Bit of a stretch, but I think it kind of works. Of course, it's possible, but extremely rare, for someone to have been married but then enter the priesthood after being widowed. More likely in the Middle Ages, perhaps. But much less likely, in any era, than a priest having a secret affair with their "housekeeper"; in some places and times that was pretty commonplace.
posted by Diablevert at 2:47 PM on March 12 [5 favorites]


(These presumably aren't his literal sons, nor was She his wife - I've only read the poem once so I could be wrong, but I think this is a Roman Catholic Bishop so at the time he would be unmarried and nominally celibate).
posted by muddgirl at 2:47 PM on March 12


Another way to think of it, building on Frowner and damayanti, is to think of "would have" as "wanted."--an, on preview, muddgirl's got it. Remember this is a bishop being buried in Rome, so a Catholic bishop. And the men he calls to his bedside are his nephews, though he calls them sons and then expresses confusion.
posted by not that girl at 2:49 PM on March 12


Reading Diablevert's comment, when I say "nothing ever came of it" I mean that the priest became a priest and then Bishop, and She died. It does seem hinted that at least one of the people at his bedside is an unacknowledged son.
posted by muddgirl at 2:54 PM on March 12


You could parse it as referring to an image or sculpture of a woman as she appeared in her youth.

(that image), men, would have to be your mother (at one time in the past).
posted by zamboni at 2:54 PM on March 12


I read it as equivalent to "She whom men took to be your mother once"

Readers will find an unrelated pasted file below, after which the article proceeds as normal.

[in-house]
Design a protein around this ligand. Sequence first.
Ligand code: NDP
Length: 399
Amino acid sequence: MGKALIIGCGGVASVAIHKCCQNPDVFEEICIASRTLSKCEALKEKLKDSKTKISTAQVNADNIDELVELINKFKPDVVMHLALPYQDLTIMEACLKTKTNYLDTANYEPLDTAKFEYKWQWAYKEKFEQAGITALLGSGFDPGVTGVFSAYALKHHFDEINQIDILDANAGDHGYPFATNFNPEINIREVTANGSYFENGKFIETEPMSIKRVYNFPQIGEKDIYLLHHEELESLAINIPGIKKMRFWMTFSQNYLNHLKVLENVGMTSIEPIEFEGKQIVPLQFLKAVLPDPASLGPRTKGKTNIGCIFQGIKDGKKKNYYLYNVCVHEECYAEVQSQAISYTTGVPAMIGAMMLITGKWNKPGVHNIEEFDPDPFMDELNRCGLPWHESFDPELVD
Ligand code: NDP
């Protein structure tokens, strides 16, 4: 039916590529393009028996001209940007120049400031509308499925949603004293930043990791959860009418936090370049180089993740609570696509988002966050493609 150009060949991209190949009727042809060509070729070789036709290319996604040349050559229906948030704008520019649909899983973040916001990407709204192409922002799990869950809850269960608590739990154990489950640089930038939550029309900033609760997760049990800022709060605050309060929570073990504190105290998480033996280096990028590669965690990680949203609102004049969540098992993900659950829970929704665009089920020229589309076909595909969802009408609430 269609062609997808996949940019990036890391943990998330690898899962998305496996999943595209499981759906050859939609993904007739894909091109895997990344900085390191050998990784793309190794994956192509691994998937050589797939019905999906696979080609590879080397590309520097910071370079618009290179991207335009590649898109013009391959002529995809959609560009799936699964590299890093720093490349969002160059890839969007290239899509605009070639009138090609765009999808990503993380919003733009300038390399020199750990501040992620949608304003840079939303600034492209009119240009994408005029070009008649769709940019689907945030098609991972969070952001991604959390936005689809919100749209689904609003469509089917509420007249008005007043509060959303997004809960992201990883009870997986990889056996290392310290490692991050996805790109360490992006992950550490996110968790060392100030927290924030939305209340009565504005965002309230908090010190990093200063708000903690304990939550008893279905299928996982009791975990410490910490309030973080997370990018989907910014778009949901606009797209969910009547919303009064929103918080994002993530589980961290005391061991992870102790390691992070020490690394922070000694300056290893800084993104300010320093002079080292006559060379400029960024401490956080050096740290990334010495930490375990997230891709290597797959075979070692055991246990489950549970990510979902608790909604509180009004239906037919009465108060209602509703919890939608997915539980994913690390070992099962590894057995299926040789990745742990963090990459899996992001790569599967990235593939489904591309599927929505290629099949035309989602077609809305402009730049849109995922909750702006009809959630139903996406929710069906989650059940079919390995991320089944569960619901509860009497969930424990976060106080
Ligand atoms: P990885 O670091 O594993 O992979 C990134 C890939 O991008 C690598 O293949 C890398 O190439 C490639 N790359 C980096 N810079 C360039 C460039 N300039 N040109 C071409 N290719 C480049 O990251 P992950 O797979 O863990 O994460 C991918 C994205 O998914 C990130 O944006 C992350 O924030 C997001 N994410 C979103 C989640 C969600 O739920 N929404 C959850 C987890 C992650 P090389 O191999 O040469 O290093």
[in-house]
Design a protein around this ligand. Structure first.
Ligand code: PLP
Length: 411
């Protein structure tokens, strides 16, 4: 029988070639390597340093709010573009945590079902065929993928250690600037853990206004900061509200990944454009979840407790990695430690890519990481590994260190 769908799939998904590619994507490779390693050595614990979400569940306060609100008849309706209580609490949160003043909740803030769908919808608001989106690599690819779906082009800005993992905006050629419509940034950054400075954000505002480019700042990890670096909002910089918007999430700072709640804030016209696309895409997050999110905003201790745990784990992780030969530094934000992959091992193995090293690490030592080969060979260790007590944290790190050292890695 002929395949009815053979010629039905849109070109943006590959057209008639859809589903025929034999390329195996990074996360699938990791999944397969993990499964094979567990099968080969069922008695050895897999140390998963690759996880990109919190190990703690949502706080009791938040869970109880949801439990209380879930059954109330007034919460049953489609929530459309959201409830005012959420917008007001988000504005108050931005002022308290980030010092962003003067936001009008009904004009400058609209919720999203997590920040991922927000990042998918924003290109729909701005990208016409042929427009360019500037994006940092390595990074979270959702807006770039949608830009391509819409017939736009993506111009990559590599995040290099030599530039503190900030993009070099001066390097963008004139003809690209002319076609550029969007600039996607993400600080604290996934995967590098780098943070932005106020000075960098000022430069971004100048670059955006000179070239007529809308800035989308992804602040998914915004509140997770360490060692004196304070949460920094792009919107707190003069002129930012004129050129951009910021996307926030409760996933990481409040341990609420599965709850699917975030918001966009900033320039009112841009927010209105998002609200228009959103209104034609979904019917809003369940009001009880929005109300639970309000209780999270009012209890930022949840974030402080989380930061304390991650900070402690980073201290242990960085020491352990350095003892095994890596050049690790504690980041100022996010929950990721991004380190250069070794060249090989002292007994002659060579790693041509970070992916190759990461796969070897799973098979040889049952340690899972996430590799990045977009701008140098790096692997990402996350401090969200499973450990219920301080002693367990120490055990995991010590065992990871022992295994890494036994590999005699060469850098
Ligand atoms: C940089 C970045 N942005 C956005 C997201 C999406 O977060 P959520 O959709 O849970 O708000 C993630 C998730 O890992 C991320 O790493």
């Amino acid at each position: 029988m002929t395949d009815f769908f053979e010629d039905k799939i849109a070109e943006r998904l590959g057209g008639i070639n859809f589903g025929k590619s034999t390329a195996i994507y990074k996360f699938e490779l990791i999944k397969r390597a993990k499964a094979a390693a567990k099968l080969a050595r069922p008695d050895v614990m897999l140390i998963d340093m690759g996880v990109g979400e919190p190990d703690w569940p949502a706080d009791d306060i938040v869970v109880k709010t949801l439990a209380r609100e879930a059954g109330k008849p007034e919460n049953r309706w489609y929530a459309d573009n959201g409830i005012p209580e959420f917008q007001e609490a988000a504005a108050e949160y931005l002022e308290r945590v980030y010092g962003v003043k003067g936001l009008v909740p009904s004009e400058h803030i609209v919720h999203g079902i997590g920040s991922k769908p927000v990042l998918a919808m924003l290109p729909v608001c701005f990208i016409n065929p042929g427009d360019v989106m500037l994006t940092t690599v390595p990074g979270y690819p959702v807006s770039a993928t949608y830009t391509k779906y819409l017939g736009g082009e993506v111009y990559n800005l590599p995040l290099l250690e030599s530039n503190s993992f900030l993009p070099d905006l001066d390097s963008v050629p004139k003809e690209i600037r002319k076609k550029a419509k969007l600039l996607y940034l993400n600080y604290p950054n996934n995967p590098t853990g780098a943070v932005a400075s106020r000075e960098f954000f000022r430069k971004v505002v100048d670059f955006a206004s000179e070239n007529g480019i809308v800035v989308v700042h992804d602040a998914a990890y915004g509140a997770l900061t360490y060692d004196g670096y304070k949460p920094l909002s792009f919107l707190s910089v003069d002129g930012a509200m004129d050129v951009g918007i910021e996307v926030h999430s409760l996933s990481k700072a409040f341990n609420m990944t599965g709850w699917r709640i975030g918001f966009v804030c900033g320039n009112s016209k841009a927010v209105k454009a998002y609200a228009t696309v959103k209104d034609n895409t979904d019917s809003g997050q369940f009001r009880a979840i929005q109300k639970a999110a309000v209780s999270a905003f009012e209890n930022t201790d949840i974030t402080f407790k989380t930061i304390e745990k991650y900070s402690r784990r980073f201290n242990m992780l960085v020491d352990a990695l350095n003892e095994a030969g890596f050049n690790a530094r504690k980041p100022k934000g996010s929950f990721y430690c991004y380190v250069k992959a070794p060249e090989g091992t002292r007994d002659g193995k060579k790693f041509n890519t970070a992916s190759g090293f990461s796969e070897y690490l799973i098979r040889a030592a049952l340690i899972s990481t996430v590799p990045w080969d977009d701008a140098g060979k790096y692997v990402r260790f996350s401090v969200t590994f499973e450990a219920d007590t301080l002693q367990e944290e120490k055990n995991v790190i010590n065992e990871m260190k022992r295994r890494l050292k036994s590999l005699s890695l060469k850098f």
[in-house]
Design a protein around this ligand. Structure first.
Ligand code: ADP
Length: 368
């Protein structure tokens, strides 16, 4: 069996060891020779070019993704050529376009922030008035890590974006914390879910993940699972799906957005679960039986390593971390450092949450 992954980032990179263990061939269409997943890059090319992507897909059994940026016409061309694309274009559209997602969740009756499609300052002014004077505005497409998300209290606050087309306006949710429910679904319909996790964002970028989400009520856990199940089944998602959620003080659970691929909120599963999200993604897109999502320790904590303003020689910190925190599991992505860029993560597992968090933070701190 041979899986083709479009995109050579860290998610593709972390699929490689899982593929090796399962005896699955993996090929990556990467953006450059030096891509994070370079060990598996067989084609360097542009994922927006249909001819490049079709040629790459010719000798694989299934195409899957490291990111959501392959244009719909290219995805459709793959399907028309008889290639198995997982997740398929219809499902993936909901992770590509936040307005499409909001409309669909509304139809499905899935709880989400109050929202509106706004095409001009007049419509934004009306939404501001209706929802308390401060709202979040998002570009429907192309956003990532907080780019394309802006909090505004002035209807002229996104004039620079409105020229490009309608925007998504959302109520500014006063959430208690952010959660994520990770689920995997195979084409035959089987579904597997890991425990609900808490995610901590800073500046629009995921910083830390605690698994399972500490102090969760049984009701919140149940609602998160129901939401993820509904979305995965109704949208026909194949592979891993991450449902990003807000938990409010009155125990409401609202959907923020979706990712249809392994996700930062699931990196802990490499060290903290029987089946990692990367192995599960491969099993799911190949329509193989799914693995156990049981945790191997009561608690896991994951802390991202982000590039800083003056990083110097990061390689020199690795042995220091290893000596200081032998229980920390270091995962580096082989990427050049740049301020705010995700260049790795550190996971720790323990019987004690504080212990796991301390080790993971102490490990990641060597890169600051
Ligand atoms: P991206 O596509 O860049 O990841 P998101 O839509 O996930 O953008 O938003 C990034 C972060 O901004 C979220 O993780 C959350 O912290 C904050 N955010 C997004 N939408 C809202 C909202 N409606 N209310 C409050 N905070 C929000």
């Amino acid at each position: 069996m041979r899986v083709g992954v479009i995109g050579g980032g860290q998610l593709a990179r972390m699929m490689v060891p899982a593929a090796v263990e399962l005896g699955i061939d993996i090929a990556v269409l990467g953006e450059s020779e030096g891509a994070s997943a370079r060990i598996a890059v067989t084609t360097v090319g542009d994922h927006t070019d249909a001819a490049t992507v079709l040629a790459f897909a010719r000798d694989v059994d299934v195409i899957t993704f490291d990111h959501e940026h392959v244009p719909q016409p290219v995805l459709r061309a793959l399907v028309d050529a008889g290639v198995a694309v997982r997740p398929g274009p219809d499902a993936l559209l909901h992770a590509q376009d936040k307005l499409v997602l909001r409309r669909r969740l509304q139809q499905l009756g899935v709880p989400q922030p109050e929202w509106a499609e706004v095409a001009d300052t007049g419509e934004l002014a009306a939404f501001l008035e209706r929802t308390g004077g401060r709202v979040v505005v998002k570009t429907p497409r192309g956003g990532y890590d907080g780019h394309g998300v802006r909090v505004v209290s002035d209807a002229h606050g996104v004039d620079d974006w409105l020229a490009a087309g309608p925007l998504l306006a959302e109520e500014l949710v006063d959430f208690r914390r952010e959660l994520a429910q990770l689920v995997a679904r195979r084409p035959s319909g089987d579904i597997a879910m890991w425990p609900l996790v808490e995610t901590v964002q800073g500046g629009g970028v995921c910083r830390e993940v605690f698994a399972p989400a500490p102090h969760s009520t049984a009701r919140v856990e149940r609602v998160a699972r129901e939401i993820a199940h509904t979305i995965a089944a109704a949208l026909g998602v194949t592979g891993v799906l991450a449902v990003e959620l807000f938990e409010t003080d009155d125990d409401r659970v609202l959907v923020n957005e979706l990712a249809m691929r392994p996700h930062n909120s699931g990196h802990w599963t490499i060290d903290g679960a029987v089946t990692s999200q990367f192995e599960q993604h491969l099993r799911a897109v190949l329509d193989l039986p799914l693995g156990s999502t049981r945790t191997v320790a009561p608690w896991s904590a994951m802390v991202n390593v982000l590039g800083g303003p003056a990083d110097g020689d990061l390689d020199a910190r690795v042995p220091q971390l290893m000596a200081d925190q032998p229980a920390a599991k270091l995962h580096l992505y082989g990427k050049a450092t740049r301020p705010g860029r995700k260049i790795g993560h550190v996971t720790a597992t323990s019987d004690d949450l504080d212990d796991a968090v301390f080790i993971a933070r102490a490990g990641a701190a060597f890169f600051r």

Pretty obscurely expressed, though. Worth reading the "materials" linked at the bottom of the Victorian Web page. The one on eliding information suggests the bishop's uncertainty might be because of incest.
posted by Segundus at 2:56 PM on March 12


Thank you all so very much for your thoughts. I plan to re-read all of them later this evening when I have more time. I will read others that are posted after this, as well.
posted by michellenoel at 3:03 PM on March 12


If it's meant literally (as in, "People gossiped that she was your mom") - that would imply a completely different set of circumstances than if it was meant figuratively (something like "People gossiped that she would bear me children"). Usually it's pretty obvious who is the mother of a child, so a literal interpretation would imply some kind of secret adoption or surrendering children to the church to keep a pregnancy secret. I suspect it's supposed to be ambiguous as to which is meant.

It really is a very beautiful, frustrating, and thought-provoking poem! Thank you for asking this question.
posted by muddgirl at 3:04 PM on March 12


These presumably aren't his literal sons, nor was She his wife - I've only read the poem once so I could be wrong, but I think this is a Roman Catholic Bishop so at the time he would be unmarried and nominally celibate)